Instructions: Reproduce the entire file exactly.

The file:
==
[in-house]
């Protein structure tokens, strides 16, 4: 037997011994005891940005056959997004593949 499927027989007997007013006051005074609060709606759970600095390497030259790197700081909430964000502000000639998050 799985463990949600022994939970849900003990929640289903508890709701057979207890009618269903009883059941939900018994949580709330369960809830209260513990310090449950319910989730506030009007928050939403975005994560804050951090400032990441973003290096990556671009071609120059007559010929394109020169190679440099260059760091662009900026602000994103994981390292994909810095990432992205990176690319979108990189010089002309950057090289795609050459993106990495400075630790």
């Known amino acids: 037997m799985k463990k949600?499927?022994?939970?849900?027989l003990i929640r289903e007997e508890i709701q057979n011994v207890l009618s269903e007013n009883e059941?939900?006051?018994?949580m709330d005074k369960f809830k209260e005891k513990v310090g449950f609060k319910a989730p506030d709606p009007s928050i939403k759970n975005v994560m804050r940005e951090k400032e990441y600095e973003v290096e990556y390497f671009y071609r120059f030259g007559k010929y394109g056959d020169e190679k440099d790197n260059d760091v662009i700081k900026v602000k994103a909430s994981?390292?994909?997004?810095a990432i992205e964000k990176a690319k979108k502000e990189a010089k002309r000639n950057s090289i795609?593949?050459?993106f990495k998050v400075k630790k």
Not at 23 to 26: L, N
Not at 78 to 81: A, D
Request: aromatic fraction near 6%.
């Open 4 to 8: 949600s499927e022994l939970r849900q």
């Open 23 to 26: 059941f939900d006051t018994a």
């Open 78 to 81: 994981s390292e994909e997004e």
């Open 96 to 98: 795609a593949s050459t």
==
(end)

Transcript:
[in-house]
């Protein structure tokens, strides 16, 4: 037997011994005891940005056959997004593949 499927027989007997007013006051005074609060709606759970600095390497030259790197700081909430964000502000000639998050 799985463990949600022994939970849900003990929640289903508890709701057979207890009618269903009883059941939900018994949580709330369960809830209260513990310090449950319910989730506030009007928050939403975005994560804050951090400032990441973003290096990556671009071609120059007559010929394109020169190679440099260059760091662009900026602000994103994981390292994909810095990432992205990176690319979108990189010089002309950057090289795609050459993106990495400075630790």
């Known amino acids: 037997m799985k463990k949600?499927?022994?939970?849900?027989l003990i929640r289903e007997e508890i709701q057979n011994v207890l009618s269903e007013n009883e059941?939900?006051?018994?949580m709330d005074k369960f809830k209260e005891k513990v310090g449950f609060k319910a989730p506030d709606p009007s928050i939403k759970n975005v994560m804050r940005e951090k400032e990441y600095e973003v290096e990556y390497f671009y071609r120059f030259g007559k010929y394109g056959d020169e190679k440099d790197n260059d760091v662009i700081k900026v602000k994103a909430s994981?390292?994909?997004?810095a990432i992205e964000k990176a690319k979108k502000e990189a010089k002309r000639n950057s090289i795609?593949?050459?993106f990495k998050v400075k630790k």
Not at 23 to 26: L, N
Not at 78 to 81: A, D
Request: aromatic fraction near 6%.
């Open 4 to 8: 949600s499927e022994l939970r849900q």
């Open 23 to 26: 059941f939900d006051t018994a």
């Open 78 to 81: 994981s390292e994909e997004e």
């Open 96 to 98: 795609a593949s050459t």